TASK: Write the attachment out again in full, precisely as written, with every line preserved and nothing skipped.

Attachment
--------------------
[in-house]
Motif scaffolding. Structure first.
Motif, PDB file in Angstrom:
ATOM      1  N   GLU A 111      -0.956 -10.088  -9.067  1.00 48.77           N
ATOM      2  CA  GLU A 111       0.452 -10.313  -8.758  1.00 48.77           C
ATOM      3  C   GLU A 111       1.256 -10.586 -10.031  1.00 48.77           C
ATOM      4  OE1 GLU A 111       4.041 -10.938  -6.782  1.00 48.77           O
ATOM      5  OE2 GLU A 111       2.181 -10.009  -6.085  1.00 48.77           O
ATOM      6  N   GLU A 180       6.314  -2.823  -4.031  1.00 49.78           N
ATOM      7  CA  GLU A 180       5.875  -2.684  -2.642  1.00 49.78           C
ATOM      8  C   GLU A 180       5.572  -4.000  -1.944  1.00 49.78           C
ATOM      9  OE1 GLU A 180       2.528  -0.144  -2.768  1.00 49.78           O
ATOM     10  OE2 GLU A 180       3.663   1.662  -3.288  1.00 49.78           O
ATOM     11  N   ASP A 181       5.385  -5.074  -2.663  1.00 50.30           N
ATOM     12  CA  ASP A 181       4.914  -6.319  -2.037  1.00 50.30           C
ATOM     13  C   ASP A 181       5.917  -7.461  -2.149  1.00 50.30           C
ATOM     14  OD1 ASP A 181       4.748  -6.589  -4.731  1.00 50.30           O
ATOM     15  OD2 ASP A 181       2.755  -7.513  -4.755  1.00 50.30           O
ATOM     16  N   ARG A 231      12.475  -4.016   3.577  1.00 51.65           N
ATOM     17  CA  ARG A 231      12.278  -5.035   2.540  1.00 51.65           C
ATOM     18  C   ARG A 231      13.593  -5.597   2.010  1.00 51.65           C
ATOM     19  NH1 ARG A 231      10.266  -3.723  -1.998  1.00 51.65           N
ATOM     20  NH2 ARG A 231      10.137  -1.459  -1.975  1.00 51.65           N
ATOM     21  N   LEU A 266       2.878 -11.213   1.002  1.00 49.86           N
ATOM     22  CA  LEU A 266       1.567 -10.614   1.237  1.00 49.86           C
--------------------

[in-house]
Motif scaffolding. Structure first.
Motif, PDB file in Angstrom:
ATOM      1  N   GLU A 111      -0.956 -10.088  -9.067  1.00 48.77           N
ATOM      2  CA  GLU A 111       0.452 -10.313  -8.758  1.00 48.77           C
ATOM      3  C   GLU A 111       1.256 -10.586 -10.031  1.00 48.77           C
ATOM      4  OE1 GLU A 111       4.041 -10.938  -6.782  1.00 48.77           O
ATOM      5  OE2 GLU A 111       2.181 -10.009  -6.085  1.00 48.77           O
ATOM      6  N   GLU A 180       6.314  -2.823  -4.031  1.00 49.78           N
ATOM      7  CA  GLU A 180       5.875  -2.684  -2.642  1.00 49.78           C
ATOM      8  C   GLU A 180       5.572  -4.000  -1.944  1.00 49.78           C
ATOM      9  OE1 GLU A 180       2.528  -0.144  -2.768  1.00 49.78           O
ATOM     10  OE2 GLU A 180       3.663   1.662  -3.288  1.00 49.78           O
ATOM     11  N   ASP A 181       5.385  -5.074  -2.663  1.00 50.30           N
ATOM     12  CA  ASP A 181       4.914  -6.319  -2.037  1.00 50.30           C
ATOM     13  C   ASP A 181       5.917  -7.461  -2.149  1.00 50.30           C
ATOM     14  OD1 ASP A 181       4.748  -6.589  -4.731  1.00 50.30           O
ATOM     15  OD2 ASP A 181       2.755  -7.513  -4.755  1.00 50.30           O
ATOM     16  N   ARG A 231      12.475  -4.016   3.577  1.00 51.65           N
ATOM     17  CA  ARG A 231      12.278  -5.035   2.540  1.00 51.65           C
ATOM     18  C   ARG A 231      13.593  -5.597   2.010  1.00 51.65           C
ATOM     19  NH1 ARG A 231      10.266  -3.723  -1.998  1.00 51.65           N
ATOM     20  NH2 ARG A 231      10.137  -1.459  -1.975  1.00 51.65           N
ATOM     21  N   LEU A 266       2.878 -11.213   1.002  1.00 49.86           N
ATOM     22  CA  LEU A 266       1.567 -10.614   1.237  1.00 49.86           C